Tollens’ Test Definition, Principle, Procedure, Result, Application.

Definition of Tollens’ Test

It is a type of biochemical test which is used to distinguish reducing sugars from non-reducing sugars. This biochemical test is also known as the silver mirror test based on the end product of this test. This test was also used to differentiate between aldehydes and ketones through routine qualitative organic analysis.

Tollens’ Reagent

  • In tollens test, a chemical reagent is used for the detection of an aldehyde functional group, an aromatic aldehyde functional group, or an alpha hydroxy ketone functional group, this chemical reagent is known as  Tollen Reagent.
  • This reagent was first discovered by German chemist Bernhard Tollens, that’s why it’s termed as Tollens Reagent.
  • The Tollens reagent is a mixture of silver nitrate (AgNO3) and Ammonia (NH3).

Preparation of Tollens’ Reagent

This reagent has a short shelf life, that’s why it is not commercially sold. Therefore, the reagent is directly prepared in the laboratory by following this method;

  1. Add a few drops of dilute NaOH into an aqueous solution of silver nitrate. The aqueous solution of silver nitrate contains silver aqua complexes wherein water acts as a ligand.
  2. The hydroxide ions now turn these silver aquo complexes into silver oxides. 
  3. This silver oxide (given by Ag2O) precipitates as a brown solid from this solution.
  4. The brown precipitate of silver oxide generated in step 1 is now dissolved with aqueous ammonia. 
  5. The solution formed from this addition of aqueous ammonia contains the [Ag(NH3)2]+ complex. This complex is the primary component of Tollens Reagent.

Principle of Tollens’ Test

Tollen’s reagent is the mixture of silver nitrate (AgNO3) and liquid ammonia (NH3), which results in the formation of a complex. The aqueous solution of silver nitrate helps in the formation of a  silver aqua complex while the water functions as a ligand.


Now, the hydroxide ions convert the aqua complexes into silver oxides (Ag2O) which appear as a brown precipitate. This brown precipitate dissolved by aqueous ammonia resulting in the formation of the [Ag(NH3)2]+ complex. This complex is considered as the primary component of the Tollen’s reagent and is a strong oxidizing agent.

Now, the aldehyde groups present in the sugars are oxidized by this complex and form a carboxylic acid. At the same time, the silver ions present in the reagent are reduced to metallic silver, as a result of this reduction leads to the formation of a silver mirror on the bottom and sides of the test tube. However, an α-hydroxy ketone gives a positive Tollen’s test as the Tollen’s reagent oxidizes the α-hydroxy ketone into an aldehyde.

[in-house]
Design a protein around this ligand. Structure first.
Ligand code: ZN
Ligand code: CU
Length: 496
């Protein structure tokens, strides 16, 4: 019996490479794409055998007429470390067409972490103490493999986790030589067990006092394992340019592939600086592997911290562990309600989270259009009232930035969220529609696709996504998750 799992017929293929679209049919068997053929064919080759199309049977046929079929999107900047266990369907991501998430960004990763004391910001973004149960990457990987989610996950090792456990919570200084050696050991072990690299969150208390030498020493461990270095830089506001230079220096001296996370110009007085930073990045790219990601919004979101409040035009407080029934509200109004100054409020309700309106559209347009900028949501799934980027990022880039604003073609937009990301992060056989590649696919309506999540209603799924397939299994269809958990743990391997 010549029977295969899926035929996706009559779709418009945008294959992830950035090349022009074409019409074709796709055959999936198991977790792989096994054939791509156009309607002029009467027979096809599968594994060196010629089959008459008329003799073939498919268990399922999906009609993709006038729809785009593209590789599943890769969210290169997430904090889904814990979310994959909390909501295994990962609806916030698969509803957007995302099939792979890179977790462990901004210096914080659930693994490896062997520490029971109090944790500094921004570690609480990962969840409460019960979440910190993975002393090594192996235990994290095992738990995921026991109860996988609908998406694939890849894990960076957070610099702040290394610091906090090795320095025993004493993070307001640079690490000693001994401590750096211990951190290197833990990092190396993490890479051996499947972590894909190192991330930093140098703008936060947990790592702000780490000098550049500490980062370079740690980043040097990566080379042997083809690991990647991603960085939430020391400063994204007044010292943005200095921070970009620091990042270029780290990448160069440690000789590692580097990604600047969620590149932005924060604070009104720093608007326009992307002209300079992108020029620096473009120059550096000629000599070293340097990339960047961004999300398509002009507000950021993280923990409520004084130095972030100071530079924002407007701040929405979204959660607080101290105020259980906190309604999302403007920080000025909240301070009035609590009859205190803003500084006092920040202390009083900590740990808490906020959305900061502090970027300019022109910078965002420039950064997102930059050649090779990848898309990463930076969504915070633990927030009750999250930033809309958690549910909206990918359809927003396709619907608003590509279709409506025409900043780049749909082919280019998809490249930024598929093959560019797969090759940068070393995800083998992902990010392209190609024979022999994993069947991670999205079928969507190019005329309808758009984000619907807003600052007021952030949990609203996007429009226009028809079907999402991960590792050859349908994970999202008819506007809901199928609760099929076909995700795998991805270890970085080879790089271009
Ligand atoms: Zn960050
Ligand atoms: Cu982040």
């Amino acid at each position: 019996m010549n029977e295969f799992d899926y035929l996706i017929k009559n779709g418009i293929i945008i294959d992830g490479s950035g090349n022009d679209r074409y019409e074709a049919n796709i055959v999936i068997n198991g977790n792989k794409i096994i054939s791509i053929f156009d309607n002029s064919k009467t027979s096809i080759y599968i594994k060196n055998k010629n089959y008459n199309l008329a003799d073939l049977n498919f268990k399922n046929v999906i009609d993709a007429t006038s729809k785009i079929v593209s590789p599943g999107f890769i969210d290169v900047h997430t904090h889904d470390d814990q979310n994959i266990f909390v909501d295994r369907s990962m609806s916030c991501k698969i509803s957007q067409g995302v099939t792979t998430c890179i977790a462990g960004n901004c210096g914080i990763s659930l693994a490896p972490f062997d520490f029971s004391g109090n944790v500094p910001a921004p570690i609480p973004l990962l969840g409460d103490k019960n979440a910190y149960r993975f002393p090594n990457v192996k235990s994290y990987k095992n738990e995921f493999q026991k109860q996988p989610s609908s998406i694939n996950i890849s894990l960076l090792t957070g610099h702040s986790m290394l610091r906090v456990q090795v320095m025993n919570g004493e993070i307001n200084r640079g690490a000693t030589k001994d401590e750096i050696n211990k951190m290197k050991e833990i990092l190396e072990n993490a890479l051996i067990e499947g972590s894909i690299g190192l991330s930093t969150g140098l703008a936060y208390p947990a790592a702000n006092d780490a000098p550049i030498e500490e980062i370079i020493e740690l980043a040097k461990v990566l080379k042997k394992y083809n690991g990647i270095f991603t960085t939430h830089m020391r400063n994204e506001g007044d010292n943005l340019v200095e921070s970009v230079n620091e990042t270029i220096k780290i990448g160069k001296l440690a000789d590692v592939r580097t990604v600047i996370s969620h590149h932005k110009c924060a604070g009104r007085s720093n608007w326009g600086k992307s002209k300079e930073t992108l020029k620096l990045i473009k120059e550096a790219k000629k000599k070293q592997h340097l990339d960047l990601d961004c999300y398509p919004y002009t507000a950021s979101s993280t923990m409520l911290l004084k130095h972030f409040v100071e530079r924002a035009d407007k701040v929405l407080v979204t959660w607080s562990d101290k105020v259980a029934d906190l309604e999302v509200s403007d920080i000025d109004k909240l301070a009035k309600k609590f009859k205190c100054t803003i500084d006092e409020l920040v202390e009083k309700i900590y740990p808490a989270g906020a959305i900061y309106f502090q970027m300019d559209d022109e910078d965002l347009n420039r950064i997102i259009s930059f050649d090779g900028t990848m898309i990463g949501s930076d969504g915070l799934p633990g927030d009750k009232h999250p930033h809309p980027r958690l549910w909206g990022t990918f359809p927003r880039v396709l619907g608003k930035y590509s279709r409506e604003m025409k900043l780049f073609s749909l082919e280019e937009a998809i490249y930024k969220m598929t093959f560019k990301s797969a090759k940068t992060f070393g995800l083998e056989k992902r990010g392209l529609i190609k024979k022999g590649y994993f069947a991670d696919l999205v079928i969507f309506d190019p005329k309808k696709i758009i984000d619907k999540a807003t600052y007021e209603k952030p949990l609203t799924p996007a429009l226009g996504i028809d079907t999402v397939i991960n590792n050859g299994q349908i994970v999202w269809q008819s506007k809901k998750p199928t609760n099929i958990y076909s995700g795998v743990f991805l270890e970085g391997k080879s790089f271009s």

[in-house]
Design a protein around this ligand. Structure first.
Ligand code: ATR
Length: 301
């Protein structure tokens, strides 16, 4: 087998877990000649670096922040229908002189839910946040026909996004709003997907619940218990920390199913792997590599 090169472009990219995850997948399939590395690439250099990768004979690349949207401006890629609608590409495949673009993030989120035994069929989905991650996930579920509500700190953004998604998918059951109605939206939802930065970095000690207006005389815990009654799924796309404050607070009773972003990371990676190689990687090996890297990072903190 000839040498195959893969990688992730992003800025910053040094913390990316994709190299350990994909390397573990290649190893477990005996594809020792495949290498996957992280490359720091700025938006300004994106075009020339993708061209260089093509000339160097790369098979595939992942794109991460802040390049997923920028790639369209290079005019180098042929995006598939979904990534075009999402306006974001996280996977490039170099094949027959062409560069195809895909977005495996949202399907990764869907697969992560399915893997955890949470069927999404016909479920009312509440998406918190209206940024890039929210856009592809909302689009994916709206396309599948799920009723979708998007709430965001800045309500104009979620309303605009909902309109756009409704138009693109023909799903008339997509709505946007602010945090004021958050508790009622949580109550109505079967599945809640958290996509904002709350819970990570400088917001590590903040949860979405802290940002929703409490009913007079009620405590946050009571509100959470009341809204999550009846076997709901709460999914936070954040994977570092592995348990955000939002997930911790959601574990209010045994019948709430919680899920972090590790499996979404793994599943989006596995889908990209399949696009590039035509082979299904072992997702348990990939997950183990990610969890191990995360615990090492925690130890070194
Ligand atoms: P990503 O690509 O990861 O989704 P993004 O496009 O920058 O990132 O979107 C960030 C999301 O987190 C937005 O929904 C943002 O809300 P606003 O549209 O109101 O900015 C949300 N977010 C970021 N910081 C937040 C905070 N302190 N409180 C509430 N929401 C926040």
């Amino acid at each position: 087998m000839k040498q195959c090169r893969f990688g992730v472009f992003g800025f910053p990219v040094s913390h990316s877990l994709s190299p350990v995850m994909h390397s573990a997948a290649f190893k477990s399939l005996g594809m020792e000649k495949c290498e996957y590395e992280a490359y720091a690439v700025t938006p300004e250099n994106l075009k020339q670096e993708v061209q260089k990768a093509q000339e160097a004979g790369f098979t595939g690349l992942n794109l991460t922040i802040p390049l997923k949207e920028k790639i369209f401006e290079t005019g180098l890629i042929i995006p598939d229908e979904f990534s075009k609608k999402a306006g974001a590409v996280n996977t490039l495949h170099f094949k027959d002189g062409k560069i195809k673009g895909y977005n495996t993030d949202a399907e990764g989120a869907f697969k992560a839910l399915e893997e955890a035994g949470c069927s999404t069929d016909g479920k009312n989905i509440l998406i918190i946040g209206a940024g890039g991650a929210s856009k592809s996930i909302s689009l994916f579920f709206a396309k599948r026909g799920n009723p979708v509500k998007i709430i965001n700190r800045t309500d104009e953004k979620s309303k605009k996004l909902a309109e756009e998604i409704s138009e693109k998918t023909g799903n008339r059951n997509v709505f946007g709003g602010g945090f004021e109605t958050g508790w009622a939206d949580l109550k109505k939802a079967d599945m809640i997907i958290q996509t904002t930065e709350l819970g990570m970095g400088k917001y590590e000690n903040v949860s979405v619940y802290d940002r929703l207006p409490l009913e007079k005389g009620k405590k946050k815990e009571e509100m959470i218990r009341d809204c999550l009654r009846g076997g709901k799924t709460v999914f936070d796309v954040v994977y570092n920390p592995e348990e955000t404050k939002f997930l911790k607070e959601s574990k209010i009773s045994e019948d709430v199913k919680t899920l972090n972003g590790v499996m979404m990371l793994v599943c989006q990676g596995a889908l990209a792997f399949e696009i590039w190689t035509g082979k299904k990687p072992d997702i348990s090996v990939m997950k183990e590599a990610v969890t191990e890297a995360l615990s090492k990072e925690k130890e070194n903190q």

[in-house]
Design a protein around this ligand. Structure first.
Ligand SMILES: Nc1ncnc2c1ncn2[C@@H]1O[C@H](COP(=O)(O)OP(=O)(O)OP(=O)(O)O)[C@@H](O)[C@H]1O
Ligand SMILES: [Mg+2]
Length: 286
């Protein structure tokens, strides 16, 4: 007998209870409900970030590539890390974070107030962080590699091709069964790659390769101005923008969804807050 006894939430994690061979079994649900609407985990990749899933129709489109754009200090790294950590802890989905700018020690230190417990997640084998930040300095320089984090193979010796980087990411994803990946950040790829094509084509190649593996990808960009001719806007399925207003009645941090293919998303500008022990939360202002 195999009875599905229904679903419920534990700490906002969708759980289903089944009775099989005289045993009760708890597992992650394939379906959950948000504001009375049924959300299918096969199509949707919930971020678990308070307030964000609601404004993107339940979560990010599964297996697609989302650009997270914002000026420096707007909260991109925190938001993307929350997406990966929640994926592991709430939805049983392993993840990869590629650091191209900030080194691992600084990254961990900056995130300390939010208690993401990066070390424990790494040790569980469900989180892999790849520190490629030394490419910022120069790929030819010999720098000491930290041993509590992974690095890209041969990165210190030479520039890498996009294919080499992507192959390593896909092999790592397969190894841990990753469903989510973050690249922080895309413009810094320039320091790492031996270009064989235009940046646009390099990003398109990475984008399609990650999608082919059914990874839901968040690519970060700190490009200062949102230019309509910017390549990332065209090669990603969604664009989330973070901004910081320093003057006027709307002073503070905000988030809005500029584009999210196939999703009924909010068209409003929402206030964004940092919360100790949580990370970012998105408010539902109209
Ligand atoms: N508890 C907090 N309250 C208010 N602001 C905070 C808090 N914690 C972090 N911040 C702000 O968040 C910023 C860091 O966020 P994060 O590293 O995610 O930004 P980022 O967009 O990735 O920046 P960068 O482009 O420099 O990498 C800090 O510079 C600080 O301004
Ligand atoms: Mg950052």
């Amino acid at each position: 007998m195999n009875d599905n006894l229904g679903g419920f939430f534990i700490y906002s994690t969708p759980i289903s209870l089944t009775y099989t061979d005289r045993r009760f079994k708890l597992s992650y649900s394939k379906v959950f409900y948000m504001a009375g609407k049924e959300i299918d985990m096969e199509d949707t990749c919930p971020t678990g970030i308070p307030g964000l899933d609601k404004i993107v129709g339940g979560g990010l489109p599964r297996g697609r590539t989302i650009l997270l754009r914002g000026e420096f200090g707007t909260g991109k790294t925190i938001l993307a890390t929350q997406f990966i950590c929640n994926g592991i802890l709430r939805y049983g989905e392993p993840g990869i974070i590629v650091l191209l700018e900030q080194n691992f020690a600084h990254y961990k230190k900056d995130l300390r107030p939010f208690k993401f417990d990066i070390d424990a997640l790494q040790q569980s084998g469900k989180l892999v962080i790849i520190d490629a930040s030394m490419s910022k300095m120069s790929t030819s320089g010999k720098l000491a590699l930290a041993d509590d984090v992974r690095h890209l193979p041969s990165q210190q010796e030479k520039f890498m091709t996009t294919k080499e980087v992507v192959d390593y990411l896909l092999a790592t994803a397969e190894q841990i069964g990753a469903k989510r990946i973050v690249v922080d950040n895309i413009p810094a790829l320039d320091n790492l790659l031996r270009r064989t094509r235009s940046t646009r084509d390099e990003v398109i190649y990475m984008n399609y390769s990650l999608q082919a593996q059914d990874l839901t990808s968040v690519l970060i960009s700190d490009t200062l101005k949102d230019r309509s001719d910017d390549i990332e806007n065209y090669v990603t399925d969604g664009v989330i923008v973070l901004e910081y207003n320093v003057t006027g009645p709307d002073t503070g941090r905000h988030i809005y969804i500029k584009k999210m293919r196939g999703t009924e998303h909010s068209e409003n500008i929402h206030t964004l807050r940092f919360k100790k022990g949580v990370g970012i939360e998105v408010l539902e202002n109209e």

Reactions of Tollens’ Test

2AgNO3 + 2NaOH    →    Ag2O (brown ppt) + 2NaNO3 + H2O

Ag2O (brown ppt) + 4NH3 + 2NaNO3 + H2O    →    2[Ag(NH3)2]NO3 + 2NaOH


Glucose + 2[Ag(NH3)2]NO3 + H2O    →    2 Ag(silver mirror) + 4 NH3 + Gluconic acid + 2 H+

Requirements for Tollens’ Test

  • Reagent: Tollen’s reagent, Test sample
  • Materials required: Test tubes, Test tube stand, Pipette.
  • Equipment: Water bath.

Procedure of Tollens’ Test

  1. Add 1 ml of the test sample in one test tube and 1 ml of distilled water in another as blank.
  2. Add 2 ml of Tollen’s reagent to both the test tubes.
  3. Keep both the test tubes in a water bath for 1 min.
  4. Observe the formation of color and note it down.

Result of Tollens’ Test

  • Positive result: If a dark grey precipitate or silver mirror forms on the bottom and sides of the test tube. It indicates the given sample contains reducing sugars/ aldoses.
  • Negative result: If no precipitate is formed.  It indicates the given sample doesn’t contain any reducing sugars/ aldoses/ α-hydroxy ketoses.

Tollens’ test Application

  • In chemical laboratories, this test is used for qualitative organic analysis, which helps to distinguishes aldehydes from ketones.
  • It also helps in the differentiation of reducing sugars from non-reducing sugars.

Limitations of Tollens’ test

  • Some carbohydrates lack the aldehyde group, they might give a false positive result on Tollen’s test because of the isomerization of such sugars under alkaline conditions.
  • The reagent must be prepared immediately prior to its use as an explosive substrate can be formed if it is allowed to dry.
  • Cleaned the glasswares with concentrated KOH (Potassium Hydroxide) because if they are not perfectly clean, a dark precipitate instead of grey may appear in the solution.

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